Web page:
Social media has changed the way we look at make-up. It’s opened up a world of ideas and made the mystery and artistry of catwalk looks something that everyone can try for themselves. And the numbers bear this out – the beauty market is booming, with celebrity make-up artists (MUAs) such as Charlotte Tilbury and Huda Kattan launching their own brands and becoming household names. However, it’s a fiercely competitive market, with brands, MUAs and photographers working together and separately to gain attention on social media.
And while YouTube has taken tuition to a new level, Instagram is the place that stops beauty lovers in their tracks. It’s a format that relishes detail, finds impact in close-ups over long shots and has been the catalyst for the trend in high detail ‘macro’ shots of aspirational make-up looks. But, as we know, social media scrutiny is real and everyone is a critic, so something as seemingly simple as posting an image of a classic smoky eye takes exceptional skill and expertise. Evely Duis is a fashion and beauty photographer based in the Netherlands and describes her practice as ‘pursuing perfection’, which is a spot-on summary of such a complex art. “In beauty everything has to be perfect and on point,” she says. “It’s not only the make-up artist or the model, but a combination of everything.”
The disciplines that bring such shots together may appear quite separate, but nothing works unless everything is achieved together. “It starts with an idea,” she explains. “I work with a few make-up artists and it’s important to know how they work and they quality of their work. Because if the quality of the make-up isn’t perfect then it costs me so much more time in post-production.” And while there is something of an assumption that most beauty photography undergoes heavy editing, Evely is at pains to stress that actually this is incredibly counterproductive – for her, editing is a long and arduous job, and she would prefer to do the bare minimum. For the MUAs she works with, heavy editing also reflects negatively on the quality of their work. “When the make-up is really good, it might take an hour to edit the picture. If it’s so-so, then a lot longer. For some clients, I might need to produce thirty images in a day and there isn’t a lot of time afterwards.”
The model you work with also makes a real difference to the outcome, particularly when today’s big trend is for skin to have a ‘dewy’ finish, with plenty of glow. While there is a movement towards skin positivity and being proud of your natural skin, presenting highly skilled make-up techniques on camera requires an excellent ‘canvas’. This high-glow look has great impact on camera but can be unforgiving. “In the 90s and 00s it was popular to have a matte finish on skin, but when you see it now, it has no depth and isn’t dewy or healthy,” explains Evely. “What we see right now is skin that really glows – almost sparkles – and for this you really need to have mostly flawless skin because it shows up everything.”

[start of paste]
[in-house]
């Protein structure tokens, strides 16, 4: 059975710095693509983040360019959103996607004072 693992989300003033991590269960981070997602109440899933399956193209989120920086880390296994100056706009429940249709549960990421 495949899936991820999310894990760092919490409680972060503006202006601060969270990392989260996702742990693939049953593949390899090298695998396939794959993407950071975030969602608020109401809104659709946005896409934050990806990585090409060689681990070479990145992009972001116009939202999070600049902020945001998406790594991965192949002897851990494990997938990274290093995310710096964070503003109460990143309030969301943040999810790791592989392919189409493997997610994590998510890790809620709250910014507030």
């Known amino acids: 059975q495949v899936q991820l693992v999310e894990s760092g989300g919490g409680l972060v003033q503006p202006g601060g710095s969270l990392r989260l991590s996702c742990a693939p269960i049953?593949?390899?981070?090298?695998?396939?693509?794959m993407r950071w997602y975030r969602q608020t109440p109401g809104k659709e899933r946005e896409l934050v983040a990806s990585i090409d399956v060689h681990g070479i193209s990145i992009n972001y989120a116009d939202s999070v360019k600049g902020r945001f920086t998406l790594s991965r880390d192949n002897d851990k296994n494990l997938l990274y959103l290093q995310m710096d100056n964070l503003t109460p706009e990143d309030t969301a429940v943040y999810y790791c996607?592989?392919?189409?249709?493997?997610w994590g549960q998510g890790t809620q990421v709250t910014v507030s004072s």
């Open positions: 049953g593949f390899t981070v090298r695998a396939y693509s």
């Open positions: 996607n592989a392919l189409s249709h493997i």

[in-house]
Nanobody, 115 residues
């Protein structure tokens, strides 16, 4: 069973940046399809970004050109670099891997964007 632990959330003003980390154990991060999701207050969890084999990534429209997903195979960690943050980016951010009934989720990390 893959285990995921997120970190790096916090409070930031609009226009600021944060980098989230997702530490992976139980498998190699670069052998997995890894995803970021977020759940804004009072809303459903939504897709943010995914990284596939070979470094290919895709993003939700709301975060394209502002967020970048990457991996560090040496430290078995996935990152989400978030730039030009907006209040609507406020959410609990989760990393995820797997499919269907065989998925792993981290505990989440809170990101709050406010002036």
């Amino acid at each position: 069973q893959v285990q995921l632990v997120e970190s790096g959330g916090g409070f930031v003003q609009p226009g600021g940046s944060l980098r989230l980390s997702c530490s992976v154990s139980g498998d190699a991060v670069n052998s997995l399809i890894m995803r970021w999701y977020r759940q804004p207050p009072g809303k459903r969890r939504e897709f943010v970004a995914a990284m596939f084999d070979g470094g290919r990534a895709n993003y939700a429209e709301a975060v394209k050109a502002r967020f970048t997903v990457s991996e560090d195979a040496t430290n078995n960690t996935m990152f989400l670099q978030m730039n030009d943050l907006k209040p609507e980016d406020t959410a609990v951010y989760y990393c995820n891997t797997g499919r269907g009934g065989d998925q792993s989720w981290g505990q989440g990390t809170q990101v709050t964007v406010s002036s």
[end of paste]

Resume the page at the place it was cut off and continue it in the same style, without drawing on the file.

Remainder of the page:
It’s definitely a delicate balancing act: “glow – but not too much. You don’t want the model to look sweaty. It also has to be on exactly the right places, so that any retouching is limited.” While still not ideal, it’s far easier to retouch a stray hair than repair a make-up issue. Evely also uses a clever combination of lighting (“one main light and one fill light from beneath to fill in the shadows”) to get the most out of the make-up and the model. Then she takes really close shots with her 85mm lens and Canon EOS 5DS. “I frame it a little bit more so that I can crop it afterwards. On Instagram it’s 4x5 and a normal camera size for print, so I make the shot a little bit wider and crop it later.”
Patience is most definitely an essential quality for teams working on high-end beauty looks. Shoot day logically begins with the most natural look and builds from there. Even so, the initial prep, hair and basic make-up still takes a couple of hours to complete. The look is then gradually added to and adjusted. For Evely, the extreme attention to detail and time spent before she even lifts her camera is absolutely critical. “It takes around one to two hours to get the variations of the looks. It’s a lot of time, but means you have it in the shot.” Finally, the complex and riskier elements come towards the end of the day. Bold lips, for example, are always applied in the final stages of the shoot because they stain and slip ups are incredibly hard to resolve.
The same with glitter. “When you work with glitter, everything is glitter,” she laughs. “It’s hell.” Besides finding its way into everything, when photographing glitter at extremely close range it can be unpredictable and reflects light in many different directions. It’s near-impossible to find consistency and it will usually need editing. “Everything is moving and I’m focusing on the model. If there’s one piece of glitter that is over exposed, it’s not a problem. I can Photoshop that.”
This kind of photography is a definite niche and a big part of Evely’s job is to stay on ahead of fashion trends, through her own exposure and research, and her network of trusted MUAs. It can be the difference between an ironic twist, channelling subtle influences or just looking out of date. “You have to know what is in style. It’s no problem to do a retro look, but it has to be a modern retro look.” She’s noticed that photographers working in other genres often don’t understand the context of ultra-modern, high fashion make-up looks and, to them, the current trends in contouring, colour correcting and strobing on skin sit uncomfortably. But in Evely’s world, it’s absolutely on point. After all, it’s these experienced crews of close-knit creatives that are setting the direction for faces in fashion.